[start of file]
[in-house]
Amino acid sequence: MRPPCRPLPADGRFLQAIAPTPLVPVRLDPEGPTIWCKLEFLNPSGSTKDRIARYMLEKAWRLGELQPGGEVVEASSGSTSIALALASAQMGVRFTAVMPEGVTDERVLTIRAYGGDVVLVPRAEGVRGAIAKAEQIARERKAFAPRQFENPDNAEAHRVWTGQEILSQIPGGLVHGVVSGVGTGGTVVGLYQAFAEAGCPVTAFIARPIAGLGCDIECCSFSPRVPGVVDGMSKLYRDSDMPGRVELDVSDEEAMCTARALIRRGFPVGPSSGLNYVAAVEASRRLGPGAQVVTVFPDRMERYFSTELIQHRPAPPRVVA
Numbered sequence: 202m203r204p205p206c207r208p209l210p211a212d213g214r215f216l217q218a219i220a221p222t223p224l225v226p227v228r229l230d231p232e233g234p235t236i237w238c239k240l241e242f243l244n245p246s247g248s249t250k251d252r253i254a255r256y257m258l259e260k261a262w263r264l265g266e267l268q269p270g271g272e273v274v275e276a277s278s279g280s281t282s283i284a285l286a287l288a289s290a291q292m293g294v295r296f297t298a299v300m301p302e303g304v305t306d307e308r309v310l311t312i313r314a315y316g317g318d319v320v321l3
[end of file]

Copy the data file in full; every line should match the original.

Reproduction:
[in-house]
Amino acid sequence: MRPPCRPLPADGRFLQAIAPTPLVPVRLDPEGPTIWCKLEFLNPSGSTKDRIARYMLEKAWRLGELQPGGEVVEASSGSTSIALALASAQMGVRFTAVMPEGVTDERVLTIRAYGGDVVLVPRAEGVRGAIAKAEQIARERKAFAPRQFENPDNAEAHRVWTGQEILSQIPGGLVHGVVSGVGTGGTVVGLYQAFAEAGCPVTAFIARPIAGLGCDIECCSFSPRVPGVVDGMSKLYRDSDMPGRVELDVSDEEAMCTARALIRRGFPVGPSSGLNYVAAVEASRRLGPGAQVVTVFPDRMERYFSTELIQHRPAPPRVVA
Numbered sequence: 202m203r204p205p206c207r208p209l210p211a212d213g214r215f216l217q218a219i220a221p222t223p224l225v226p227v228r229l230d231p232e233g234p235t236i237w238c239k240l241e242f243l244n245p246s247g248s249t250k251d252r253i254a255r256y257m258l259e260k261a262w263r264l265g266e267l268q269p270g271g272e273v274v275e276a277s278s279g280s281t282s283i284a285l286a287l288a289s290a291q292m293g294v295r296f297t298a299v300m301p302e303g304v305t306d307e308r309v310l311t312i313r314a315y316g317g318d319v320v321l3